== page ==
Fire one of the sources of energy is the manifestation of universe. Human beings are the only species on earth that embraced fire as a source of survival, strength and thriving. Almost all other life on earth has fear of fire.
Fire from biomass is a source for cooking food since prehistoric times. Humans are the only species that cook their food. Homo erectus emerged about two million years ago as a result of this unique trait. Cooking had profound evolutionary effect because it increased food efficiency which allowed human ancestors to spend less time foraging, chewing, and digesting. H. erectus developed via a smaller, more efficient digestive tract which freed up energy to enable larger brain growth. Cooked food, by contrast, is mostly digested by the time it enters the colon; for the same amount of calories ingested, the body gets roughly 30 percent more energy from cooked oat, wheat or potato starch as compared to raw, and as much as 78 percent from the protein in an egg. Cooking allowed hominids to expand their diets. Many tubers are poisonous unless cooked, so cooking opened up new food sources.
In essence, cooking—including not only heat but also mechanical processes such as chopping and grinding—outsources some of the body’s work of digestion so that more energy is extracted from food and less expended in processing it. Cooking breaks down collagen, the connective tissue in meat, and softens the cell walls of plants to release their stores of starch and fat.
Cooking food is a culture and tradition developed through the use of biomass stoves over centuries. Modern means of cooking do not achieve the same taste, flavour and nutrient value as cooking on biomass stoves. Some of the common ways of high temperature cooking used today are: LPG stoves, microwave ovens, electric stoves, induction stoves, etc. High pressure and temperature cooking is done by using pressure cookers. In real-life conditions, high-power cooking is not preferable as the taste and the value of the food cooked is not as good compared to normal cooking. During high power cooking, metal pots made of aluminum and steel transfer excessive heat to the food, and not uniformly so. The food cooked in earthen pots is more tasty and nutritious, due to the slow and low transfer of heat to the food that they facilitate. However, this is not the preferred mode of cooking now-a-days. New cooking methods have to adapt to modern sources of fire / heat.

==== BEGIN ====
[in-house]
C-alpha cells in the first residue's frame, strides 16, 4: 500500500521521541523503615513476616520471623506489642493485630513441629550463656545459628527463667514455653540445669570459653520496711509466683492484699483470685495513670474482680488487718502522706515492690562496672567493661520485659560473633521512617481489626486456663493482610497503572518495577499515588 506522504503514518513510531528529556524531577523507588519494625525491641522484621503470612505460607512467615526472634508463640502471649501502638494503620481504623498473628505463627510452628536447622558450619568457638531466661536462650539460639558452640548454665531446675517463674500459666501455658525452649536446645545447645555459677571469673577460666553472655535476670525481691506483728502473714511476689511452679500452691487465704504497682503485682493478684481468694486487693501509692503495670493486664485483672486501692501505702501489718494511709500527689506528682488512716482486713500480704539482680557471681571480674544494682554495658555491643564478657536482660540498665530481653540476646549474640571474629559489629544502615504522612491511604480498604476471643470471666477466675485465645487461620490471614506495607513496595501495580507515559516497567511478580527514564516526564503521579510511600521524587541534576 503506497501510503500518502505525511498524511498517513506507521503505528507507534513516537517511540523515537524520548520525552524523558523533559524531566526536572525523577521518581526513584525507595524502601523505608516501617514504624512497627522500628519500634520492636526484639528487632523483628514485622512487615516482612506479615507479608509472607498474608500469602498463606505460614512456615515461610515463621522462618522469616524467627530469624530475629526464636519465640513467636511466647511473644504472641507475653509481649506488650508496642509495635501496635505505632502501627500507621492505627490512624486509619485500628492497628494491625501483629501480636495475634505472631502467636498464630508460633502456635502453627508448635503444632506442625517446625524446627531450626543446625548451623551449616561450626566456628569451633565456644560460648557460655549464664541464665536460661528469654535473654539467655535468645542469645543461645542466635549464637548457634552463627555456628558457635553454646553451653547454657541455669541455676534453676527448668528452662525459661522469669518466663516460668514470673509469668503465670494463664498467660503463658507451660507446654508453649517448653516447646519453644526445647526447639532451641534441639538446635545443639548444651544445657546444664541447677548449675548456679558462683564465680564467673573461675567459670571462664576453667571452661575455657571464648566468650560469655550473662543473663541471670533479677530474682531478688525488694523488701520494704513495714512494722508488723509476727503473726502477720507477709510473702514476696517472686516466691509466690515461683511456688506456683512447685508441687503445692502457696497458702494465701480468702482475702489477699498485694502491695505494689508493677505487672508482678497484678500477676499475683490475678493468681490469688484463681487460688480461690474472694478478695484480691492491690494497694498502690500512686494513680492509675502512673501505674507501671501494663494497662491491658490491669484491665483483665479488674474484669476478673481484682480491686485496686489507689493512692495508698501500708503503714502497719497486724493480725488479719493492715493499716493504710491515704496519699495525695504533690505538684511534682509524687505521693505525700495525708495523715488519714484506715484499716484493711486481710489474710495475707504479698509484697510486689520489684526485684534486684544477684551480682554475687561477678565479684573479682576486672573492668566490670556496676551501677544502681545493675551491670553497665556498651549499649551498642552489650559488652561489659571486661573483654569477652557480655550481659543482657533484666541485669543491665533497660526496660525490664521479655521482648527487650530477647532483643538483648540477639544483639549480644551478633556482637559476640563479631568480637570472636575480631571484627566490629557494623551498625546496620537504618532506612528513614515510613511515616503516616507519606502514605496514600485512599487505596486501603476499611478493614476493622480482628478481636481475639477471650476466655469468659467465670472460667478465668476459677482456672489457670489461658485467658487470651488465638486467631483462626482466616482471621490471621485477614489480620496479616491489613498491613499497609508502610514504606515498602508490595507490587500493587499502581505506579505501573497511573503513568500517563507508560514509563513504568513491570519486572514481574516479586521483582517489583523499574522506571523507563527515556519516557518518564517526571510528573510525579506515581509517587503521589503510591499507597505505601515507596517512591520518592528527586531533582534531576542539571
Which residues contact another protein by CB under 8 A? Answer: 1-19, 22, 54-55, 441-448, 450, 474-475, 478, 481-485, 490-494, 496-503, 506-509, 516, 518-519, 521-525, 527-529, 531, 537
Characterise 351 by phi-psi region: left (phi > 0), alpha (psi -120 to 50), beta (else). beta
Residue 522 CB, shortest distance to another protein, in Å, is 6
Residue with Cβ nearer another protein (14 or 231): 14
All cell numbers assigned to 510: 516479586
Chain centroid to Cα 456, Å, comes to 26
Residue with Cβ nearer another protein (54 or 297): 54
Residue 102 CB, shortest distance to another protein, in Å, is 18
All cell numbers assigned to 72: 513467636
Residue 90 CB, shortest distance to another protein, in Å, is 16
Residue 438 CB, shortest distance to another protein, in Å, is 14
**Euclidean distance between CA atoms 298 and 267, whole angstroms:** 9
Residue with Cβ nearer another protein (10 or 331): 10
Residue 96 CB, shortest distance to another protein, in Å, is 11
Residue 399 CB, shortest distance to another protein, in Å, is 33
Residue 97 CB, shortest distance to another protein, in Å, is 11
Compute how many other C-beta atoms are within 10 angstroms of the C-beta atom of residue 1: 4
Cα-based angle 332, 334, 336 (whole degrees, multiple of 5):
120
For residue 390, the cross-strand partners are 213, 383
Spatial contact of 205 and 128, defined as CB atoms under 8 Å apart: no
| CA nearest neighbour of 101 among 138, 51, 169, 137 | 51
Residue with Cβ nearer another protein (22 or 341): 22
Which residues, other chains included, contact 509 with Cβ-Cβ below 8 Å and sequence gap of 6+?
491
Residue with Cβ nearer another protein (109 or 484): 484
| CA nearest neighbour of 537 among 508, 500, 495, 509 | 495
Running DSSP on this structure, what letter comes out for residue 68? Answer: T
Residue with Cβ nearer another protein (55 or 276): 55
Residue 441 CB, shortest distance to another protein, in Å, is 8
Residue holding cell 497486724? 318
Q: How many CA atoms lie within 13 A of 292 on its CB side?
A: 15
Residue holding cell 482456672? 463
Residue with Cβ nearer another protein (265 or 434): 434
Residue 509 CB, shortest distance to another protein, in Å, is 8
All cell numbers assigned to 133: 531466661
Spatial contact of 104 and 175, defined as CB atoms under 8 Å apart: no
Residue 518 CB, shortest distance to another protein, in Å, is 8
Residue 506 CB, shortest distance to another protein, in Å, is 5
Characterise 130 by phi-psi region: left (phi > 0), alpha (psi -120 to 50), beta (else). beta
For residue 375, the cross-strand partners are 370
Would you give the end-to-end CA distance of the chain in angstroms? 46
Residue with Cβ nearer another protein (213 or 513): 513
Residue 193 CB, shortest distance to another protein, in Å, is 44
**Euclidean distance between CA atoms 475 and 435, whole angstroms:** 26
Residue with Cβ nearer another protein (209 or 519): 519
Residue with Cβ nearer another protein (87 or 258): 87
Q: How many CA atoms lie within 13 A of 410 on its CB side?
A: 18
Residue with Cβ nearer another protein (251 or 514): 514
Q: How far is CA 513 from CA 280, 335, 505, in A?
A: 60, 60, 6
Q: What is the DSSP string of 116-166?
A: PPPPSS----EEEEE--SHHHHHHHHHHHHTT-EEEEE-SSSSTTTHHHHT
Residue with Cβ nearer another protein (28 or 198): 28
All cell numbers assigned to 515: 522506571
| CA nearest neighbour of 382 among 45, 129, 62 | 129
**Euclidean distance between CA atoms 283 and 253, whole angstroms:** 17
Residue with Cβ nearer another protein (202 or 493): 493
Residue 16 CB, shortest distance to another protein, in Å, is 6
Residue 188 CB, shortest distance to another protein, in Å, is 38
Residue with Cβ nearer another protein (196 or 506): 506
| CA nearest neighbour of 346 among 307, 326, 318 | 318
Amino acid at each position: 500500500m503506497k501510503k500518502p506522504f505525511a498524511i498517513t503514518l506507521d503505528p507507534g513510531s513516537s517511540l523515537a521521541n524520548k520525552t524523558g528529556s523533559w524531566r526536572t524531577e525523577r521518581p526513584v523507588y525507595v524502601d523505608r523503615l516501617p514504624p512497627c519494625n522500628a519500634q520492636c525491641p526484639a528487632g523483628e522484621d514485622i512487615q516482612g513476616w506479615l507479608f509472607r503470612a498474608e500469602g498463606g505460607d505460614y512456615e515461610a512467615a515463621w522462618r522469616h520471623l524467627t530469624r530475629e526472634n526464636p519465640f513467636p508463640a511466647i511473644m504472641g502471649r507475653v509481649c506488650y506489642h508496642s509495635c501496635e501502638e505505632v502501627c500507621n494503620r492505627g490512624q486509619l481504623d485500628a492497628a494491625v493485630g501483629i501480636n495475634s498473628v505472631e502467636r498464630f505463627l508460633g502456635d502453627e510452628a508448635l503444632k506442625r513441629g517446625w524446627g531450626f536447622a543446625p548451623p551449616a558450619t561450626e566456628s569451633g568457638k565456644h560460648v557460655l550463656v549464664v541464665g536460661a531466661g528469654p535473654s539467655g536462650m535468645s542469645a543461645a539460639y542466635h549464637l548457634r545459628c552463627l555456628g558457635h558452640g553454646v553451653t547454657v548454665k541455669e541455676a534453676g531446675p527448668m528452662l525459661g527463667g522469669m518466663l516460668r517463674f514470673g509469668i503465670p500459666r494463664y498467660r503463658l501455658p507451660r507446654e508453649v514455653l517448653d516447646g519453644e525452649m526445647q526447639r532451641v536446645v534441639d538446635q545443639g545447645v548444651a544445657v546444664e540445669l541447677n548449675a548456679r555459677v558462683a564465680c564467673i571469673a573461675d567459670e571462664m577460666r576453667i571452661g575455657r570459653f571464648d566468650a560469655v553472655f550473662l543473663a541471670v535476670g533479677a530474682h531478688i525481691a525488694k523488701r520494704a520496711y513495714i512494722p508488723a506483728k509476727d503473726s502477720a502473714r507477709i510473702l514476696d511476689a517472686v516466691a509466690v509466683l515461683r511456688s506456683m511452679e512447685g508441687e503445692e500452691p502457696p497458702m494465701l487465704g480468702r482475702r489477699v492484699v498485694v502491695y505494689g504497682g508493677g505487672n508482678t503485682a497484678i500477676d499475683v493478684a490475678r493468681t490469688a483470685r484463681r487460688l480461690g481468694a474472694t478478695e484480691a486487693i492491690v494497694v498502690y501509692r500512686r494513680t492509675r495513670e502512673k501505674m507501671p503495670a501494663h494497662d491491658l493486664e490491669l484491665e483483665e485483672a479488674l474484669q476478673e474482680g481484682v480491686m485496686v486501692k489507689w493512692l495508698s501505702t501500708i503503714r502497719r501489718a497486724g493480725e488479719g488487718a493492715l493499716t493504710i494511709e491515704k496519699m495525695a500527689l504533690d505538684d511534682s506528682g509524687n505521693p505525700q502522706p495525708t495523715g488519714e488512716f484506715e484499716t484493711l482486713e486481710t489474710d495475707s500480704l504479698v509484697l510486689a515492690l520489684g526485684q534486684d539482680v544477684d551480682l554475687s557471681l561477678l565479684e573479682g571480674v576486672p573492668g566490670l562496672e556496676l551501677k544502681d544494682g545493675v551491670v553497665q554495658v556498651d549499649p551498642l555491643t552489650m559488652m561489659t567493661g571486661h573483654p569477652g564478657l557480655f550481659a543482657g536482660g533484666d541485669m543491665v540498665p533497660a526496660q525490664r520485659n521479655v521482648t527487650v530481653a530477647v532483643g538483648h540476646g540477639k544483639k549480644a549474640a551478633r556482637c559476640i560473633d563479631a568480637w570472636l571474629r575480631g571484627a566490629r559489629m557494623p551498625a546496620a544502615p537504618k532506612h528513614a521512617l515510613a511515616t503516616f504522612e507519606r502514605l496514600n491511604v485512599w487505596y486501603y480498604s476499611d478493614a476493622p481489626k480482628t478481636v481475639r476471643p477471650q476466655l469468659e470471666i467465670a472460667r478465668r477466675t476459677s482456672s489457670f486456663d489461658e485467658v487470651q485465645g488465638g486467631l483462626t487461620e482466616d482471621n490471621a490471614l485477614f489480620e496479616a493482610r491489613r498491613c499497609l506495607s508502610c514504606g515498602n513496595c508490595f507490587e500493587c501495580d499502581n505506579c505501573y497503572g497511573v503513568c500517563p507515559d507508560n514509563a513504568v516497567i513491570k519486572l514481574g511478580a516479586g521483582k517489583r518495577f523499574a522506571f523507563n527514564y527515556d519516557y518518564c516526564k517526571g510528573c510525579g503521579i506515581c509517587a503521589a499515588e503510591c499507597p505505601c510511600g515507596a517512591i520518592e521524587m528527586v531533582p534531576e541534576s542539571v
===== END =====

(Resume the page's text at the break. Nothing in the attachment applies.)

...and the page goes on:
Since it is mostly women who engage in cooking, they have to bear a brunt of the conditions in the kitchen. Cooking three-course meals (as is typically done in India, with rotis, rice, curry, pulses, etc.) is not an easy job at all. It becomes even more difficult—at times hazardous- if they don’t have access to a good stove.
Human beings have stepped on the moon, and explored the solar system and planets many light years away. However, we still have not been able to provide efficient cooking systems for millions of people living on this Earth.
In parts of India, the stove is believed to embody Goddess Laxmi – the Goddess of money and prosperity. This kind of respect means that traditional stoves - made up of clay, dung and bricks - are regularly maintained. Cleaning around the stove and maintaining it is of utmost importance before a festival. In groups, women go to termite mounds and bring back the mud from them. It is mixed with cow dung and ash to form a paste that is used for plastering stoves.
Further, women decorate their stoves with ‘Rangolis,’ or design patterns made by applying colour or-powders over the mud-dung-ash plaster. This practice illustrates the value accorded to the stove by traditional customs and lifestyles. People believe that the state of the stove reflects whether a household is happy / prosperous, or not. For example, when a cat or dog is found sleeping in a stove, it must belong to a poor household, for it means that this family has not cooked any food for some time.